How to be a winner by Cath Barton

On the day I won the lottery I put on my sparkly four-inch heels. Bad decision, because I tripped on a kerb outside the restaurant where I was going on a hot date. My first thought as my face slammed into the plate-glass window was that I wouldn’t now be able to eat the soft-shelled crab that I’d been looking forward to. Correction, my first thought was for my spectacles and camera. Only after I’d checked that they were unbroken did I think about the crab. And then I looked around for my date.

There was a lot of blood and screaming. It wasn’t me screaming but my date was embarrassed. My dress had been ripped by shards of glass. I wanted to cry – it was my favourite dress – but then I remembered my lottery win. What was I complaining about?! I smiled at my date, or tried to. The contortion of my rapidly-swelling face must have looked like a grimace. He started backing away. Thought: he had not yet heard about my lottery win. Cynical thought: he had nothing to stick around for. Well, if that was the way he saw things he was clearly not going to be life-partner material. Better to find that out now, though I was still sorry about the crab. This was supposed to be the best place to eat it in London.

People were crowding round, asking me if I was okay. In my confused state I waved away all offers of help and set off down the road. The pain in my right ankle was nothing compared to the throbbing in my face. The next thing I knew I couldn’t move my arms. They were pinned down by a sheet and there was an antiseptic smell in my nose. So I was in hospital. That much I could work out. But my mind was fuzzy. I’d had a dream about winning the lottery. No! I had actually won it – the ticket was in my coat pocket. Shit! Where was my coat?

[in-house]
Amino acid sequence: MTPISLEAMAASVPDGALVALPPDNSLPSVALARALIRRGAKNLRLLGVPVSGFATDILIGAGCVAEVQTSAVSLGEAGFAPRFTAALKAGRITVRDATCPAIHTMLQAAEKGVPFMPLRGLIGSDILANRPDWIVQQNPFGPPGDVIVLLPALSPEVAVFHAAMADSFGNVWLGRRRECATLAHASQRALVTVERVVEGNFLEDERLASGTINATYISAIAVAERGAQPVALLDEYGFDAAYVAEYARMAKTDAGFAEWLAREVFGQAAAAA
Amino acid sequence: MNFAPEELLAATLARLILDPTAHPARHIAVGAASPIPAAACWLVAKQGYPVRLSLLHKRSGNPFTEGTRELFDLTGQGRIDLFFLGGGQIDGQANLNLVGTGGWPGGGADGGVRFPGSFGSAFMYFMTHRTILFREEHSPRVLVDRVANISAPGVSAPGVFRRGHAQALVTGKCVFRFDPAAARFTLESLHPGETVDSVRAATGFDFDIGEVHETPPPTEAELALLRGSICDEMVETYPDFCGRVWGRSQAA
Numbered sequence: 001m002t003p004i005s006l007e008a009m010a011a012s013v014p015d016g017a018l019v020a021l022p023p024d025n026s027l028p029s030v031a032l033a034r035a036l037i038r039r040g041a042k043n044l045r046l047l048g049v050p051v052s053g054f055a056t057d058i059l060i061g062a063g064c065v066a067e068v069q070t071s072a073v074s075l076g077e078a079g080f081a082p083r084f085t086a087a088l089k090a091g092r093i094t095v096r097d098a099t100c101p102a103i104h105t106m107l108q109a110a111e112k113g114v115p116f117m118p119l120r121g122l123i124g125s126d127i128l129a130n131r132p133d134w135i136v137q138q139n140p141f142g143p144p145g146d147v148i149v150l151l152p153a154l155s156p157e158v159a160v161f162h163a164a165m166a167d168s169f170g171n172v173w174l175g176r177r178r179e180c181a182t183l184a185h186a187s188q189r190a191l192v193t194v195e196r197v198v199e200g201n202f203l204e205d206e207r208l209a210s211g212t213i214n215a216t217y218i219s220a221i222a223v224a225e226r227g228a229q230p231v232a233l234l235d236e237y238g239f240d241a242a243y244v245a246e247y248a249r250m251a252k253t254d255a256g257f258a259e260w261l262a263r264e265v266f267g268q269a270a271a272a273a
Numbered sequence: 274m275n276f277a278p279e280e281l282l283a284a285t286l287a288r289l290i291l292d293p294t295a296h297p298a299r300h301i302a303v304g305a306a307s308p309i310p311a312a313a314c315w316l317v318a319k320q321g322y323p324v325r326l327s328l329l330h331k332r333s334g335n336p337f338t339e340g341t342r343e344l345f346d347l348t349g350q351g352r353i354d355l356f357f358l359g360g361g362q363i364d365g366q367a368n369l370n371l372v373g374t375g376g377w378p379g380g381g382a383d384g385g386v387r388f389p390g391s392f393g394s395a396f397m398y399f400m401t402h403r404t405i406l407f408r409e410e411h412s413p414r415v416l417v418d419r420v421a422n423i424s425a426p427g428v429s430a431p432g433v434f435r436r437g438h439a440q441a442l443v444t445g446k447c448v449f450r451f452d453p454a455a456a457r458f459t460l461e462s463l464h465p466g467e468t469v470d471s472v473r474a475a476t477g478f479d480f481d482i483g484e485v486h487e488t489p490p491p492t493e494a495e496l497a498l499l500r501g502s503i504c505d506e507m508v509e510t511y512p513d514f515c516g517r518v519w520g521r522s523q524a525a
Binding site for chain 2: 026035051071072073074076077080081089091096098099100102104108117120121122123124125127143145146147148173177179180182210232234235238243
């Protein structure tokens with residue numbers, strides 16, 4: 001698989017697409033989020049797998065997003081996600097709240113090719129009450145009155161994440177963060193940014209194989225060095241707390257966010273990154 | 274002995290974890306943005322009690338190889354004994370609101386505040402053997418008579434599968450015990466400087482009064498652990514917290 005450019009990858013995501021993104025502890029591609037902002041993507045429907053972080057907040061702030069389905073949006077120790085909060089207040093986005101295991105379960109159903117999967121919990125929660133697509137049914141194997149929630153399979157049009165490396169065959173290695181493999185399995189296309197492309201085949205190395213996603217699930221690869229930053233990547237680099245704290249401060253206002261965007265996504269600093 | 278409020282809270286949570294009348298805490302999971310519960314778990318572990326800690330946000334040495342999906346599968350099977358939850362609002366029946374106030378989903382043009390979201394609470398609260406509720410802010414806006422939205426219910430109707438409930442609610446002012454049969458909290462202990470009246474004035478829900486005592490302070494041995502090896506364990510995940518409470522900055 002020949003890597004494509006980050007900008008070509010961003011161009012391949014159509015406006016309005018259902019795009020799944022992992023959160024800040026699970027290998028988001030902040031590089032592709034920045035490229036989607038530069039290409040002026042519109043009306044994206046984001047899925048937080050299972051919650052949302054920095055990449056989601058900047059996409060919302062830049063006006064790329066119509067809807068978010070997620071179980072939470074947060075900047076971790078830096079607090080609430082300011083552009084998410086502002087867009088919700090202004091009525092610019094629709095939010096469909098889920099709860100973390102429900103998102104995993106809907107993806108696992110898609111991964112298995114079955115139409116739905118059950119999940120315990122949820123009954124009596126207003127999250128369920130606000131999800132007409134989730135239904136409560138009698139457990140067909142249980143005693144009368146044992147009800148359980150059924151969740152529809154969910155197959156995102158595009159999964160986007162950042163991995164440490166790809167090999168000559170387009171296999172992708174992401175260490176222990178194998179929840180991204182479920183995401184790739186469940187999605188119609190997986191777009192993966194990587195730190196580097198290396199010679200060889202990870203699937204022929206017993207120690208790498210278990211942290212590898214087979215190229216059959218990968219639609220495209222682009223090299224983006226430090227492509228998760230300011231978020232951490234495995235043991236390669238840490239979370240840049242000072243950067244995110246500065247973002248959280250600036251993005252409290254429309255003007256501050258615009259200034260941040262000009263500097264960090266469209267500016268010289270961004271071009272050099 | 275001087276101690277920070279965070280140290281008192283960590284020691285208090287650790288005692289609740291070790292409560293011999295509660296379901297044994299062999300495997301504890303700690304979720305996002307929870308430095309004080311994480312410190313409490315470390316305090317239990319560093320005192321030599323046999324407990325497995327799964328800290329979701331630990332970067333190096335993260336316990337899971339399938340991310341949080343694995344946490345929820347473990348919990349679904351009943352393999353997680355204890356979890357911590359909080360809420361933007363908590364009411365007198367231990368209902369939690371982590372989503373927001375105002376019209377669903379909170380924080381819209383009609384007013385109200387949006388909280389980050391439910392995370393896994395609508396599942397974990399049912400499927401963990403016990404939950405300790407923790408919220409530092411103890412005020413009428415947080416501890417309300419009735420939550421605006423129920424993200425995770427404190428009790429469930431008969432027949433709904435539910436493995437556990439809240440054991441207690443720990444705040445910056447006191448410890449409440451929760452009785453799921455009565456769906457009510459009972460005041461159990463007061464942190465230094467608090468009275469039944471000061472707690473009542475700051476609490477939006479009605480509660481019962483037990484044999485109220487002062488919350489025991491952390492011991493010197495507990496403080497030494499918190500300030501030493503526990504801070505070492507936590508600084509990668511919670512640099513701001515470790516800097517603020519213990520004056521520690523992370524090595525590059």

The nurse had a kindly face, but she didn’t understand, thought I was asking for a comb. Not that I was making it easy. Forming words is tricky with a broken jaw.

“Aha,” she said after I’d spluttered at her for a bit. “You want your coat! No, no, my lovely. You won’t be needing your coat for a while yet. Try not to talk.”

I pulled my arms out from under the sheet and gestured turning the coat pockets inside out. In the end she brought my coat to shut me up. I searched in one pocket, then the other, then both again. Nothing, nothing, nothing! That was when I did start screaming, big time.

The lottery ticket never turned up. My winning ticket. But my jaw and ankle got fixed. Every day I count my blessings. I don’t wear those crazy heels. I’m careful on kerbs. And I narrowly avoided a very bad choice of life-partner. I’m a winner.


About the author: Cath Barton is an English writer who lives in Wales. Recently, her flash fiction has been published on-line on ZeroFlash and Spelk.


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